Despite some recent rain and snow, California continues to experience a historic drought that will further reduce the state’s hydroelectric output and again increase demand for natural gas for power generation. But the drought is only part of the story. California needs to replace the megawatts once provided by the now-shuttered San Onofre nuclear station, and specifically needs flexible gas-fired capacity to back up the intermittent production from the state’s new solar facilities and wind farms. The resulting gas shortages have led to generators being exposed to massive swings in gas prices this winter and facing higher prices this summer. Today we examine the growing connection between gas use and rain, snow, sun and wind in the Golden State.
Hydropower is big on the West Coast. In Part 1 of our series, Who Stopped the Rain?, we saw how natural gas plays second fiddle to hydro in the Pacific Northwest, especially in Oregon and Washington State, where a series of federally owned dams along the Columbia and Snake rivers generate more than half of the states’ annual electricity needs. That episode also discussed how, in relatively dry years the use of gas-fired power plants increases to fill the gap left by water-starved hydro plants. In Part 2, we looked at other forces driving increased gas use in the Pacific Northwest, including the development of new gas-fired power plants to replace coal units being taken offline and to keep pace with load growth. We also explored the new pipeline infrastructure being developed to move more gas from western Canada and the US Rockies to the increasingly gas-dependent region. Now we take a look at California.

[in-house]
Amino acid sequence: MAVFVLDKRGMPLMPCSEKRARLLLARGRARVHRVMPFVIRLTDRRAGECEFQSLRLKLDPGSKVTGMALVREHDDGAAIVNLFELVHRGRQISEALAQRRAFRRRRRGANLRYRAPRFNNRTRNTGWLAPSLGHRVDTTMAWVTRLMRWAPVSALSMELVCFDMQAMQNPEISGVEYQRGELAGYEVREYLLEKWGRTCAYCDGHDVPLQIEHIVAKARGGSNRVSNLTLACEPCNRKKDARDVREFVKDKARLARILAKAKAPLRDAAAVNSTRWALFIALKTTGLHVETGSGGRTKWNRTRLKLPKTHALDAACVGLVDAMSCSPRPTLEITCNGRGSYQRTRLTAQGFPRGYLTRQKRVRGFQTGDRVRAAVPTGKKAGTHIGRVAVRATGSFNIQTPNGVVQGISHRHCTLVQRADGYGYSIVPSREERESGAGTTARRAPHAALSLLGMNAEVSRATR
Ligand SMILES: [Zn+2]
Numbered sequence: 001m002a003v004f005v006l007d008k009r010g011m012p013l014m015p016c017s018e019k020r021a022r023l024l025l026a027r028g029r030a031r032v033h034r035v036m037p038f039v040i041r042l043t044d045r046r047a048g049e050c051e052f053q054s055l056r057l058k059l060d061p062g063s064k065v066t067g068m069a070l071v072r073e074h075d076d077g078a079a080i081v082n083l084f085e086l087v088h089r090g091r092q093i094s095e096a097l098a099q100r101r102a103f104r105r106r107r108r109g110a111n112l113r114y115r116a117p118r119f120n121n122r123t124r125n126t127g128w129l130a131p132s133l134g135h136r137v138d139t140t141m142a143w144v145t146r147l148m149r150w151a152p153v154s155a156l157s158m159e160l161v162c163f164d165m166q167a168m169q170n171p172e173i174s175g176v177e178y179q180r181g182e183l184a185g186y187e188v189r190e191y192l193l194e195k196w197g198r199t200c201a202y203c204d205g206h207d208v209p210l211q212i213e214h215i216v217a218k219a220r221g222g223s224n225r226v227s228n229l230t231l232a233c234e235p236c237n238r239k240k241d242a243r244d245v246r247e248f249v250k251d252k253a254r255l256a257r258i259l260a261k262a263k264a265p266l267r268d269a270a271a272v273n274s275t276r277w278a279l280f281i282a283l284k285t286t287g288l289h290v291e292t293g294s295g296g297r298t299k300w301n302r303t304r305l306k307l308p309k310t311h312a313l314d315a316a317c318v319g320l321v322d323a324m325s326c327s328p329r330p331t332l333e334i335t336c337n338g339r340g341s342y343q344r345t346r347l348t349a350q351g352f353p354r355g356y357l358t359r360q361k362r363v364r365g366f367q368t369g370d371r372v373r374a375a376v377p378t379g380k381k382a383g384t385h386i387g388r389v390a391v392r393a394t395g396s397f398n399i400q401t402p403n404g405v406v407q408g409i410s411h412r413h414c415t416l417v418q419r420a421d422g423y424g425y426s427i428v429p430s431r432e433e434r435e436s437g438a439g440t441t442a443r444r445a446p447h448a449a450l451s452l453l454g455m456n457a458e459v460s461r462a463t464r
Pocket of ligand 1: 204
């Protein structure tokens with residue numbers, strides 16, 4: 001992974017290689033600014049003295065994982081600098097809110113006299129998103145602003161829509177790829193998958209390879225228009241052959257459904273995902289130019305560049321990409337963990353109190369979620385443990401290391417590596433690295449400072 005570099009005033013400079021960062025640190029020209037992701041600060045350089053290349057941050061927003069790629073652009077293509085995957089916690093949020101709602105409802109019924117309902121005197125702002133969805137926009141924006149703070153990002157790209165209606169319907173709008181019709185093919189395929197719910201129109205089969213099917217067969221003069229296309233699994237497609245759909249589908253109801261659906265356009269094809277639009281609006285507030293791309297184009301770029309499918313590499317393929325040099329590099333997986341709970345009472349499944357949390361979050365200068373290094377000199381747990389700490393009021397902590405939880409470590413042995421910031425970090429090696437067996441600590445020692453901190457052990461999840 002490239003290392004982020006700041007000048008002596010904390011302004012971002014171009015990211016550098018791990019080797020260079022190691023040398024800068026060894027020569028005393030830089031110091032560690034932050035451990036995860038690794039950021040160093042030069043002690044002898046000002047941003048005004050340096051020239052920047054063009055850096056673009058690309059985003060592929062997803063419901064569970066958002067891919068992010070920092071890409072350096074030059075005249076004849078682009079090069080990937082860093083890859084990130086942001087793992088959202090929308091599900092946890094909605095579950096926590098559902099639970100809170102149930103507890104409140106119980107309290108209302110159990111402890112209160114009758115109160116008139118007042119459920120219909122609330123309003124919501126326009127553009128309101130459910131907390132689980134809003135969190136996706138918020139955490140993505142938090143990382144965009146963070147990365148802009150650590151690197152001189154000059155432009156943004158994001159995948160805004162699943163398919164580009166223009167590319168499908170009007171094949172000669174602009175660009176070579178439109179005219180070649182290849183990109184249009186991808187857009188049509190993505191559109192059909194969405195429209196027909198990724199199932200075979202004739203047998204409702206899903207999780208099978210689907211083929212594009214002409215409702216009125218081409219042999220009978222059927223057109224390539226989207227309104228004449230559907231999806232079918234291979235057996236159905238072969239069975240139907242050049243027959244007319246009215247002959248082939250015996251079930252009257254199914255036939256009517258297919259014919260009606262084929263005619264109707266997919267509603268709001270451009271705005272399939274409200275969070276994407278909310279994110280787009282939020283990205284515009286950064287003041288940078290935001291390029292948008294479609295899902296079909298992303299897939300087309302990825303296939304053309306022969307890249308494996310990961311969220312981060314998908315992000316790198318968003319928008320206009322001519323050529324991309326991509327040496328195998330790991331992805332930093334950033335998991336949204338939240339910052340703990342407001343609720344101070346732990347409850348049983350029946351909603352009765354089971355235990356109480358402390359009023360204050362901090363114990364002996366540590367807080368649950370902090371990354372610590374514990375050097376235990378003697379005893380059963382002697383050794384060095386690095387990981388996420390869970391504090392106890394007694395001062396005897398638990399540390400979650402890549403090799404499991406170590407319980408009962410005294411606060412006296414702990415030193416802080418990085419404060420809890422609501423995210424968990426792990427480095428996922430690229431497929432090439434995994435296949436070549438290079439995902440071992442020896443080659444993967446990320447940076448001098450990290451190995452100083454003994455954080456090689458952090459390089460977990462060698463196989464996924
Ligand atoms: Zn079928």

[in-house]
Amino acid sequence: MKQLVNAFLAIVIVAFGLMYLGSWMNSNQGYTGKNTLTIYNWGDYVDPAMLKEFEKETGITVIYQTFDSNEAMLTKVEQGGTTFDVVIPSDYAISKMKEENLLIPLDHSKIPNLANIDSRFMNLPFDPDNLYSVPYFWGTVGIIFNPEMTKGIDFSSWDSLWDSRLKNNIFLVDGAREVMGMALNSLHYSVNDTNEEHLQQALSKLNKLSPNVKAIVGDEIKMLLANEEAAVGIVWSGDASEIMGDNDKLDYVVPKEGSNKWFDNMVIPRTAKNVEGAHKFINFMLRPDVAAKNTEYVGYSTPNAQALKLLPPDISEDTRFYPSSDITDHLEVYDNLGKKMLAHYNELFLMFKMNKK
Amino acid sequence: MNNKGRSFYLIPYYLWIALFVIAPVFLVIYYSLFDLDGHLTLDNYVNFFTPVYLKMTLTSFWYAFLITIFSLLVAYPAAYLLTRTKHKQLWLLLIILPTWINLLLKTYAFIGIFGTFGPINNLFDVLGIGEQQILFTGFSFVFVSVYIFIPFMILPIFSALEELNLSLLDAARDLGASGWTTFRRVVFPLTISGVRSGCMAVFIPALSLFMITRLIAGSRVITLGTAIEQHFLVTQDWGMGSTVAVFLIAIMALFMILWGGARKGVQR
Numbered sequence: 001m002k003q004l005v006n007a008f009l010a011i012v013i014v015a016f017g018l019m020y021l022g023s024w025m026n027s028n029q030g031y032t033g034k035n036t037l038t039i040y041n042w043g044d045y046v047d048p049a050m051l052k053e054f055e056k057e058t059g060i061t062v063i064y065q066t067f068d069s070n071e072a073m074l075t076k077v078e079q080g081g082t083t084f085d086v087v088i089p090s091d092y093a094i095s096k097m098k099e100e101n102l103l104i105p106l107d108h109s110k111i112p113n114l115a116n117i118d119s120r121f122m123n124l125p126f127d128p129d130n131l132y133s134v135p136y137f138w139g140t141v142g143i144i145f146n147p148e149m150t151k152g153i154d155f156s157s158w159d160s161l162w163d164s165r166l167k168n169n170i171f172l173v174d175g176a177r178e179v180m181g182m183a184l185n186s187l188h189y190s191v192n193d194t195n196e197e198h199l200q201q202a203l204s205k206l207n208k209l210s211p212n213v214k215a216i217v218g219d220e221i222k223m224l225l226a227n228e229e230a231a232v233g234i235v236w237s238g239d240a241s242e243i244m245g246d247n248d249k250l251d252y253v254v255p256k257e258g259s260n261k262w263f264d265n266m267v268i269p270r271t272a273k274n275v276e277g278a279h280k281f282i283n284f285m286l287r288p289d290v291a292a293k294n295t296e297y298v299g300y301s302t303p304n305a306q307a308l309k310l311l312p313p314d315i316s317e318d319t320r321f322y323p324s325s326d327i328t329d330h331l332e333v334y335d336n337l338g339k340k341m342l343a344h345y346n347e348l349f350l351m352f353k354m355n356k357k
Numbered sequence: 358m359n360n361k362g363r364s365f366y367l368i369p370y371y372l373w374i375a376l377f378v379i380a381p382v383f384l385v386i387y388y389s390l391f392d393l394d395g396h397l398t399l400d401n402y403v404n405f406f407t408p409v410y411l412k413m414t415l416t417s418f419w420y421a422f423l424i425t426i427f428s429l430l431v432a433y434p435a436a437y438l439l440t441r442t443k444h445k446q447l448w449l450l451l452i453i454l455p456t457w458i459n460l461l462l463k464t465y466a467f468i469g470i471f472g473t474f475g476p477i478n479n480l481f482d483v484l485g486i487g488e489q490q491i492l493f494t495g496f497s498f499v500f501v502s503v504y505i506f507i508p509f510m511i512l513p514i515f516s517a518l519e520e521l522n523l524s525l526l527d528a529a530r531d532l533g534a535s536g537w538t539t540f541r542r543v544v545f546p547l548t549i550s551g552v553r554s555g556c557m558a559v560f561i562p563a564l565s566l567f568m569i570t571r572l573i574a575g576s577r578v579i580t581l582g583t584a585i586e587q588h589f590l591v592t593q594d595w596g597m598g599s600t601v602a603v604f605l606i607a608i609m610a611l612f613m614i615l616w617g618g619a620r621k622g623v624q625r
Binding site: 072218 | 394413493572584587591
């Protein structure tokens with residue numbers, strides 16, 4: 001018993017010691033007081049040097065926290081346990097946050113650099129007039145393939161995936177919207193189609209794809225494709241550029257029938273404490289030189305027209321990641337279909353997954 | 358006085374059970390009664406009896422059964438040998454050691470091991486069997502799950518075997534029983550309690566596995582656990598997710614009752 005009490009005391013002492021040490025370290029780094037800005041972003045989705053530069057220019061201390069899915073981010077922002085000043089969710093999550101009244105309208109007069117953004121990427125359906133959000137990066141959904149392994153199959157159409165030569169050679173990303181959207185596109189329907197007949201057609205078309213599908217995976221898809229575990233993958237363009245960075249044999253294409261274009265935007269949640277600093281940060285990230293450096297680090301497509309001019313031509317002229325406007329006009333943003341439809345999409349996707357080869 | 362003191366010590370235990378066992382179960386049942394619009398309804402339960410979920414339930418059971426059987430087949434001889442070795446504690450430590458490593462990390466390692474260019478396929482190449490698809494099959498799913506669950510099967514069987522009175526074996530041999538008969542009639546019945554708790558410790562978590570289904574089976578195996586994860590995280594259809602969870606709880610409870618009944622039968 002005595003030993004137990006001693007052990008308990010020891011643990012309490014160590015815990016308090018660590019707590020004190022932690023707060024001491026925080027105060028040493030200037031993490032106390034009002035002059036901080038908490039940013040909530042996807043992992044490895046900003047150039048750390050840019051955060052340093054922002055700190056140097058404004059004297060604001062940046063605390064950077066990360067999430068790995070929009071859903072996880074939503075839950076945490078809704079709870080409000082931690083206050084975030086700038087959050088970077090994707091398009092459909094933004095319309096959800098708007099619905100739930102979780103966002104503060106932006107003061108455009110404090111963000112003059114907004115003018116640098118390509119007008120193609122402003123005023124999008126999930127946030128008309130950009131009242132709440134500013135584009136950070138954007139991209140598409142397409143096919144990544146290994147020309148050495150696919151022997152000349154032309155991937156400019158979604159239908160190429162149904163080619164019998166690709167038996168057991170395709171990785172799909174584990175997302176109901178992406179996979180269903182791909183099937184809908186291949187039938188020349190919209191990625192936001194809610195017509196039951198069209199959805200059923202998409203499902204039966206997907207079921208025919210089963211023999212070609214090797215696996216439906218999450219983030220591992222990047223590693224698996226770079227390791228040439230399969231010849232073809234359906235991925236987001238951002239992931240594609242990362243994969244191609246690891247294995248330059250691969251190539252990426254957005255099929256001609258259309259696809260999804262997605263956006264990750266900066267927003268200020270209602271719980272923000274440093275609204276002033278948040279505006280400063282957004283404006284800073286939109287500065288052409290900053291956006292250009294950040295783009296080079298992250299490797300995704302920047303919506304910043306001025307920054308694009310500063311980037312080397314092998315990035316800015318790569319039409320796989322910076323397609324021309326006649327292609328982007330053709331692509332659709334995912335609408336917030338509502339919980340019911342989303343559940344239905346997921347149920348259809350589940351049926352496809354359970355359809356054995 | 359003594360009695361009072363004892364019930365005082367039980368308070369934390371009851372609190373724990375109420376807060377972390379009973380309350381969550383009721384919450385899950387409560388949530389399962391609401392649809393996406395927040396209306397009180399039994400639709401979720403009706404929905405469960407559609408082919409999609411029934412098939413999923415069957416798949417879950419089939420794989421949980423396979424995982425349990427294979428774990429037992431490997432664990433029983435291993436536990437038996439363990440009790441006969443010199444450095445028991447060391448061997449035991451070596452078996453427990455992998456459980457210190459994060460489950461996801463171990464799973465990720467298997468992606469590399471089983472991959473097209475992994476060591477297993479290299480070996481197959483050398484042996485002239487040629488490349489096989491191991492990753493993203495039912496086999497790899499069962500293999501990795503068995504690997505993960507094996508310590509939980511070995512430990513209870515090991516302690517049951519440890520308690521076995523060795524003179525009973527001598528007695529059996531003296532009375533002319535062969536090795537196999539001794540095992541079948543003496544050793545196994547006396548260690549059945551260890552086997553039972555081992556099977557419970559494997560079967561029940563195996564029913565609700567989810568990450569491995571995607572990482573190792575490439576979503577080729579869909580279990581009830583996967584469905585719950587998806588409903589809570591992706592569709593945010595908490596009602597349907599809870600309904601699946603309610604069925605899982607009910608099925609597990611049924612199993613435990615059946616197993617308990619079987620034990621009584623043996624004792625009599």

The nation’s most populous state is considerably less dependent on hydro—and more dependent on gas-fired power--than the states to its north. Last year (2013) just over 15% of California’s generating capacity was hydroelectric, while 71.5% was fueled by gas (see Figure 1). But the amount of energy produced by hydro and gas units varies widely year-by-year, depending in large part on how much rain and snow falls upstream of the state’s 100-plus hydro dams. In a very wet year, hydro can contribute 20% or more of the state’s annual electricity needs, but in a dry year it may provide only half that. The yin and yang of hydro and gas output in California is pretty consistent. Figure 2 shows that throughout the 2003-12 period, when water levels and hydro output were up, gas-fired generation was down, and vice versa. In 2008, a particularly dry year, the output of gas-fired units rose to 120 million MWh, more than a third higher than in 2011, the last wet year in the state. It’s been unusually dry ever since 2011, so hydro output has been falling and the output of gas-fired plants has been rising. This trend seems almost certain to continue in 2014, which despite recent rain and snow may turn out to be the driest in state history.
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